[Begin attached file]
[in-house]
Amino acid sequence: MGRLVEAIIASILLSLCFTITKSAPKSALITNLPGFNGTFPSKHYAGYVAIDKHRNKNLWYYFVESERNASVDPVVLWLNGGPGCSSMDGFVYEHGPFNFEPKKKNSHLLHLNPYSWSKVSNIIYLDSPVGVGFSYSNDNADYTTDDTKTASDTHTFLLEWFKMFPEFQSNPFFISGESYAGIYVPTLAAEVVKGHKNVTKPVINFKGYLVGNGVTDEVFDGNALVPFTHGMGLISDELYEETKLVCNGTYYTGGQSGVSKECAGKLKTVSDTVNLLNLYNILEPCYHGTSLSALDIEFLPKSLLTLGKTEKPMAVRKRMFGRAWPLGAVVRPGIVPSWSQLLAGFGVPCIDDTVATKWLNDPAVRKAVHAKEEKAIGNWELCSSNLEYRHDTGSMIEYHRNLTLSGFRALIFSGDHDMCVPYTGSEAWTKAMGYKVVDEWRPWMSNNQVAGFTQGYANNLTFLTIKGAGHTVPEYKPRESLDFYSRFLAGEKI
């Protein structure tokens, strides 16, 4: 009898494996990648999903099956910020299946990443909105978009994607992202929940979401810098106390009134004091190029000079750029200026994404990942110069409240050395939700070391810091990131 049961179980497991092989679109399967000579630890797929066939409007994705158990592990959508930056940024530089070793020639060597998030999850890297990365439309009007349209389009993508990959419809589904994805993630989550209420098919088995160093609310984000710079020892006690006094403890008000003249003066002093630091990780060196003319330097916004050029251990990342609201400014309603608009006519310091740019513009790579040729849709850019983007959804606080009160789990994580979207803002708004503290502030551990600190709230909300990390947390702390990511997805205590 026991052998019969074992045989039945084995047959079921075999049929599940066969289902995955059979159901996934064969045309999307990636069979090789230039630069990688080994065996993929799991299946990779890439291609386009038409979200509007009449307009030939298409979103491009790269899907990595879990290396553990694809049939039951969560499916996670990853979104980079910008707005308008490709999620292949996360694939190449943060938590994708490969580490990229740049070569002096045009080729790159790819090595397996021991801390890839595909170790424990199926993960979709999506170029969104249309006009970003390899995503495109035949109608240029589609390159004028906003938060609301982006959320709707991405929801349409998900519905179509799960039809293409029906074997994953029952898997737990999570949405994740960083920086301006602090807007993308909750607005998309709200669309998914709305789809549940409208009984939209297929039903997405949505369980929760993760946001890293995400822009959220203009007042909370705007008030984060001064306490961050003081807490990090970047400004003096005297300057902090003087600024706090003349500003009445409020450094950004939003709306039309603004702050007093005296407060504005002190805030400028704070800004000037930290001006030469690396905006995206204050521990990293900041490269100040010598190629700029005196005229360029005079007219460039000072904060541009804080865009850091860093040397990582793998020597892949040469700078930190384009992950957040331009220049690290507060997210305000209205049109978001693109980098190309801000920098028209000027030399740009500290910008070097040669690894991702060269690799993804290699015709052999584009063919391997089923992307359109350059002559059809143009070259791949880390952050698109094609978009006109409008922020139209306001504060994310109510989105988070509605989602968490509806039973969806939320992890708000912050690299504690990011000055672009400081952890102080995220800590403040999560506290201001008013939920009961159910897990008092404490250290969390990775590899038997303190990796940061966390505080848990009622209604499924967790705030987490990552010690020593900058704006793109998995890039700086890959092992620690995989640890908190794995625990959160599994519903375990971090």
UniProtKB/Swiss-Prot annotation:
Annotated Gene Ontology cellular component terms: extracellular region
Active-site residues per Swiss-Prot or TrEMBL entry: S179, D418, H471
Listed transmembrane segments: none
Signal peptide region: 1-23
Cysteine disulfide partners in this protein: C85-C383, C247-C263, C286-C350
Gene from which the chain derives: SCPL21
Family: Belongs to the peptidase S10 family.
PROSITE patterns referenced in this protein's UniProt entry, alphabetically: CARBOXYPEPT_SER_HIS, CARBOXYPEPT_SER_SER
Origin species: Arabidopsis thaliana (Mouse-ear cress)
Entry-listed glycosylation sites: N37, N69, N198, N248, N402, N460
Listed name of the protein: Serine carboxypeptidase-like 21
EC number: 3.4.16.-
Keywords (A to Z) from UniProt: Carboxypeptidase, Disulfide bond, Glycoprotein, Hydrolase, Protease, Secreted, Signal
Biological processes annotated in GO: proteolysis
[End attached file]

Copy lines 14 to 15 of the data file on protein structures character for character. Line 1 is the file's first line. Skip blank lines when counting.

Entry-listed glycosylation sites: N37, N69, N198, N248, N402, N460
Listed name of the protein: Serine carboxypeptidase-like 21